"My daughter was diagnosed when she was four. She had eaten a peanut, and she started wheezing and had trouble breathing," said Jamie Kapel.Kapel's daughter Lindsey, now 15, carries a shot of Epinephrine, commonly known as an Epipen, everywhere she goes.
The clock is ticking with just two days left in this legislative session, and some parents are fighting for a bill they say could save lives at school.
"My daughter was diagnosed when she was four. She had eaten a peanut, and she started wheezing and had trouble breathing," said Jamie Kapel.
Kapel's daughter Lindsey, now 15, carries a shot of Epinephrine, commonly known as an Epipen, everywhere she goes.
"It's something I think about every single day," said Lindsey. "Just every time I'm eating at a restaurant or eating at school."
Lindsey and her mom are backing a proposed bill that requires all Connecticut public schools to stock Epinephrine and allow trained school personnel to administer it to students who have an allergic reaction.
The issue received national attention after a 7-year-old girl from Virginia had an allergic reaction at school and died on the way to the hospital.
"When somebody goes into shock from an allergic reaction, it can happen within minutes, and if it's not treated right away people can die very quickly from it," said Dr. Kelly Johnson-Arbor, a medical toxicologist at Hartford Hospital and Connecticut Children's Medical Center.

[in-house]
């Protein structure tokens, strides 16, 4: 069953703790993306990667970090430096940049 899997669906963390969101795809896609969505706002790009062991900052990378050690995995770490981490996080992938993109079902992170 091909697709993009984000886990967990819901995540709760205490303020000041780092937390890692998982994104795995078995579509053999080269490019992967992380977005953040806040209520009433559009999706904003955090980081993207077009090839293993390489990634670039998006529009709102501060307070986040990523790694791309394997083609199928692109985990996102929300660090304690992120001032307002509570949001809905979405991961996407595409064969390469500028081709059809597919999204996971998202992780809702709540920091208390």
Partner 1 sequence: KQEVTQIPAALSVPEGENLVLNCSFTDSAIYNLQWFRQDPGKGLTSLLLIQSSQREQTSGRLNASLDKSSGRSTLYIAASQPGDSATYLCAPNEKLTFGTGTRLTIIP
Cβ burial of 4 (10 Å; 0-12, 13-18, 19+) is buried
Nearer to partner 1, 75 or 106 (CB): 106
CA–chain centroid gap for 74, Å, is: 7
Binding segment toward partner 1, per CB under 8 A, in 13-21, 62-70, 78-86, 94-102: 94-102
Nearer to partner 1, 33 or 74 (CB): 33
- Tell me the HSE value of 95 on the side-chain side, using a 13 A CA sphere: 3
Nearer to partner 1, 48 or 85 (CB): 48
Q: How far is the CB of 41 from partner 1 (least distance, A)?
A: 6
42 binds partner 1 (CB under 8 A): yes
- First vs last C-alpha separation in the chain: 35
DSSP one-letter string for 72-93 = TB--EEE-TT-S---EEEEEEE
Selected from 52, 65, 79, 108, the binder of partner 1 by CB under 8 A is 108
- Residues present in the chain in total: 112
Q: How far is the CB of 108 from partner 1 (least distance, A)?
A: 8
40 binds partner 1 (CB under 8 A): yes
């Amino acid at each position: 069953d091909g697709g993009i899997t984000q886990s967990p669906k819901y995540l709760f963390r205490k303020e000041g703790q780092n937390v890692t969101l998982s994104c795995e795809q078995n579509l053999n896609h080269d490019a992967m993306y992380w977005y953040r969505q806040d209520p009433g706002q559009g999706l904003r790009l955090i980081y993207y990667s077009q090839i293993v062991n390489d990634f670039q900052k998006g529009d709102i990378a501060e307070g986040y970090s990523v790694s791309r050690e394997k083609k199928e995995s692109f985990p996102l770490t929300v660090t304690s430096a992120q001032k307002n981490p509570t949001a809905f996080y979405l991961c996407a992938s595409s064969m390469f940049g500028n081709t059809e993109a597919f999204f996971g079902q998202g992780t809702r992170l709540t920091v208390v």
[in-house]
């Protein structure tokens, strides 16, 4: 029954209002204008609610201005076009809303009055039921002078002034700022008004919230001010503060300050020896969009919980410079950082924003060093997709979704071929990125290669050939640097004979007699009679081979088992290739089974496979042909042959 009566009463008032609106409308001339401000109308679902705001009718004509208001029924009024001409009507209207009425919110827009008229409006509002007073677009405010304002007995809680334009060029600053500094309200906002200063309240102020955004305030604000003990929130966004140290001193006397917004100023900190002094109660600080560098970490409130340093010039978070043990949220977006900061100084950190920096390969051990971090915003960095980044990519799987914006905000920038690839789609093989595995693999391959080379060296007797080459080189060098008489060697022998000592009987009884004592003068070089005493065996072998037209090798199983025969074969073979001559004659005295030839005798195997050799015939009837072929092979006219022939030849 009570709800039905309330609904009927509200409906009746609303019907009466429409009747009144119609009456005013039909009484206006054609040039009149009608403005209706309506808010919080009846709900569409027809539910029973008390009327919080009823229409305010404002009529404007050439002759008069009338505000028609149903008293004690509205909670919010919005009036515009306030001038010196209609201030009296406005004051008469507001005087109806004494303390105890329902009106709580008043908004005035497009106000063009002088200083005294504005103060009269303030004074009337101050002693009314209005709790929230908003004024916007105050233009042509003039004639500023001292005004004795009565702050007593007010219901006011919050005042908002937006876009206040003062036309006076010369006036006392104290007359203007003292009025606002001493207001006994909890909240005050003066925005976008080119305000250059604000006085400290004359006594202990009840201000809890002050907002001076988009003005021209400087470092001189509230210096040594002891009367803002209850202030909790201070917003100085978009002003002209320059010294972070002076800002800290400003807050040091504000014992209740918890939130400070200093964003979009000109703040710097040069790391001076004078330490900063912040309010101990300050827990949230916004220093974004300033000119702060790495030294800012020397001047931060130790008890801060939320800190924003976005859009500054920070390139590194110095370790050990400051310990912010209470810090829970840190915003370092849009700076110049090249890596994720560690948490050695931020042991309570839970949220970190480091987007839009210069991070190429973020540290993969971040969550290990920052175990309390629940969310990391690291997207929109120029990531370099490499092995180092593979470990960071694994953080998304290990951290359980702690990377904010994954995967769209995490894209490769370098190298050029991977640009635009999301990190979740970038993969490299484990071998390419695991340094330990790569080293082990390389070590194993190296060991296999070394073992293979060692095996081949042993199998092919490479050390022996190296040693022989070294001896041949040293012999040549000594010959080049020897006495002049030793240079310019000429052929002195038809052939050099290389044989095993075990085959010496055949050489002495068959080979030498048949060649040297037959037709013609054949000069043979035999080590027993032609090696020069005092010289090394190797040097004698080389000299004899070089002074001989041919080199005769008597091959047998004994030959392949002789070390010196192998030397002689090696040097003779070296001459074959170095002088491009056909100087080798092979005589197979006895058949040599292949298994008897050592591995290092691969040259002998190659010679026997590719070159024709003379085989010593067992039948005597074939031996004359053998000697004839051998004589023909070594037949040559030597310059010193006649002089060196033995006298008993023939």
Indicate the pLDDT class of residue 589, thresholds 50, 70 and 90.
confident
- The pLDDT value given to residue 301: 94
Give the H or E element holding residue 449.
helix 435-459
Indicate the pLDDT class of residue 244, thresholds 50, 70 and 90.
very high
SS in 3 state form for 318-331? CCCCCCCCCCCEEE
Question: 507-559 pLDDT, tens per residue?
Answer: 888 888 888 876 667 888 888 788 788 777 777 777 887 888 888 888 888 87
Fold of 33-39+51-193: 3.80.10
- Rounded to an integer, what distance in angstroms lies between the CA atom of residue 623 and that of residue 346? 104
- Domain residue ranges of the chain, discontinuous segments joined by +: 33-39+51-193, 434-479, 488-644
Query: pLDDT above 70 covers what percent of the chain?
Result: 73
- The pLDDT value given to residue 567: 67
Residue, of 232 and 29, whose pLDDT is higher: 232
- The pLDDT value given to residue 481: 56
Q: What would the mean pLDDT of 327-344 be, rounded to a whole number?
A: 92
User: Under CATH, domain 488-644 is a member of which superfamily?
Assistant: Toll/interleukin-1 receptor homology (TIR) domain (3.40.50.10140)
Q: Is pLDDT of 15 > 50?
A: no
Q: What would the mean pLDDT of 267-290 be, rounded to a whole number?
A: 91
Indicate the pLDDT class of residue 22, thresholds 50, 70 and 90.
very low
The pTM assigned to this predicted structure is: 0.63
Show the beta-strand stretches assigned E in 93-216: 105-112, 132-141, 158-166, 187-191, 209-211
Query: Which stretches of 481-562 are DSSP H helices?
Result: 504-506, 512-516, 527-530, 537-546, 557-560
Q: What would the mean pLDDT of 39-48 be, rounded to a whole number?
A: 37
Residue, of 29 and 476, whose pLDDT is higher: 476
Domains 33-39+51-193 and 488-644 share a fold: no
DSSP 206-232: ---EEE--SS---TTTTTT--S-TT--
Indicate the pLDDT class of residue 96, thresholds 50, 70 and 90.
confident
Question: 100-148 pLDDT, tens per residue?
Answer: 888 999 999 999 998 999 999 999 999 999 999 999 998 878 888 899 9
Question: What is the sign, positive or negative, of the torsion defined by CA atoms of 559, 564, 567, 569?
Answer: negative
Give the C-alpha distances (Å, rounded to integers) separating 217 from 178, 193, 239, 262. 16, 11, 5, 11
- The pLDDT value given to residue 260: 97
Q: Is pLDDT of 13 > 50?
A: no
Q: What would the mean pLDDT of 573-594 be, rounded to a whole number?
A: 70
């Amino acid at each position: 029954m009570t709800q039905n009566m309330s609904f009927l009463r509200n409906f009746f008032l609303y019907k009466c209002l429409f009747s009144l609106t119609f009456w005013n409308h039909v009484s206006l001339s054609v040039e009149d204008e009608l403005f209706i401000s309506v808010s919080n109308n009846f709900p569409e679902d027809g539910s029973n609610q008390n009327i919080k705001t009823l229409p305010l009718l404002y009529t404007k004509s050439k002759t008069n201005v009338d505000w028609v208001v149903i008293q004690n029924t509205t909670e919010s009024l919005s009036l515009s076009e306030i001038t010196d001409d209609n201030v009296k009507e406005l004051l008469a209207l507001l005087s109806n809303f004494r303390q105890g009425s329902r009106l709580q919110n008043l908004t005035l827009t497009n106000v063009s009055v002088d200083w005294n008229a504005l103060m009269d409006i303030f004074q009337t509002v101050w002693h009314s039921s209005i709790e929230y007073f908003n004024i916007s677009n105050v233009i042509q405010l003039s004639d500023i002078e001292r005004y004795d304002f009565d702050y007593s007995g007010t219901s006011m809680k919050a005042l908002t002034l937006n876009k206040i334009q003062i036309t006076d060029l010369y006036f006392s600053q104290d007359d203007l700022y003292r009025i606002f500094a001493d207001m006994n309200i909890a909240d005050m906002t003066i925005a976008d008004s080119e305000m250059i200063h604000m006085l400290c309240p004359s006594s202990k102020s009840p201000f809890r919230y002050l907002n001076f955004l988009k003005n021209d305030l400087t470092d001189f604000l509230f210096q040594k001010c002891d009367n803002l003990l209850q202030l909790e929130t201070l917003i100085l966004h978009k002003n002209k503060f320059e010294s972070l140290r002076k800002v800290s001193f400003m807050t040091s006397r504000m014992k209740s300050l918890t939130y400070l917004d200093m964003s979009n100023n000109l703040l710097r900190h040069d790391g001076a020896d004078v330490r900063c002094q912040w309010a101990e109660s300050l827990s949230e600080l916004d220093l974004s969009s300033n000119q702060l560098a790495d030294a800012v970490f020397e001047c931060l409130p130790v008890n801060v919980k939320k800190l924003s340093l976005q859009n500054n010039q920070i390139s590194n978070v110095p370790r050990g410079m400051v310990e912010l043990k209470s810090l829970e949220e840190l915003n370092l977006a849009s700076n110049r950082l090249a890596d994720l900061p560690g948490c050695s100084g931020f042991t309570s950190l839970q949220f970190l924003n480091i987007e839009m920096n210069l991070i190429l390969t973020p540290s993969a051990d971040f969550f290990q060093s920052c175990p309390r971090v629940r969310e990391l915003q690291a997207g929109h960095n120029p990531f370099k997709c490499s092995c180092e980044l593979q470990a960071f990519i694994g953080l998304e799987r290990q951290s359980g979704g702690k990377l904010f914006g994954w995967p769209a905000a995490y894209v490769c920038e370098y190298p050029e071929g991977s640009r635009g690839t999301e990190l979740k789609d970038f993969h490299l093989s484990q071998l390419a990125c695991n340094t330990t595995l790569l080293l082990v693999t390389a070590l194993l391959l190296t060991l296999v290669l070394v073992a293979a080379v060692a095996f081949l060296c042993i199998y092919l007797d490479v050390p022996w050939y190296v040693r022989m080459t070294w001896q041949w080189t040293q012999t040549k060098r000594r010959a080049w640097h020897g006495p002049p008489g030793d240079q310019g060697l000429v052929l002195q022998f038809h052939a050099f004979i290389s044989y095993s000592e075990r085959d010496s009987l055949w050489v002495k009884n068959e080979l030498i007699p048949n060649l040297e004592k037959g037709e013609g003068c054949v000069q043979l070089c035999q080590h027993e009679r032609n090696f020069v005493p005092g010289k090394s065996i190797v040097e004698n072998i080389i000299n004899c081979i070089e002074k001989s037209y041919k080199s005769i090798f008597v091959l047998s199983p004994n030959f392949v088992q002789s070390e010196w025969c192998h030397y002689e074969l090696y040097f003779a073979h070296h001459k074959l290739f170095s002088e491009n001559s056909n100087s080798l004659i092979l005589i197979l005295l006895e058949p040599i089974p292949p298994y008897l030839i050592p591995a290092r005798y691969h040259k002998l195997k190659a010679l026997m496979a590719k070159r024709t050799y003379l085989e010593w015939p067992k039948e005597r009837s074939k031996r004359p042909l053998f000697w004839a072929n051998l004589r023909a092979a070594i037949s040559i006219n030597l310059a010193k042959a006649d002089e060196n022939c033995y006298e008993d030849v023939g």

Johnson-Arbor says not giving someone Epinephrine when they have a severe allergic reaction is like witholding CPR. She calls the medication safe, describing the risk of accidental injection as minimal.
"It will make your body have the higher heart rate, the high blood pressure, the sweating. It's kind of like getting a big shot of coffee if you will," said Johnson-Arbor.
While students like Lindsey are equipped for a worst-case scenario, she believes every school should be just as prepared.
"I just can't imagine that that should be a reason for a kid to lose their life," said Lindsey.
The bill has already passed the House but needs to pass the Senate and be signed by the governor by Wednesday.
The cost per school per year could run upwards of $350, but drug company Mylan says it has a program offering four free Epipens per year to any school in the U.S. through the end of next year.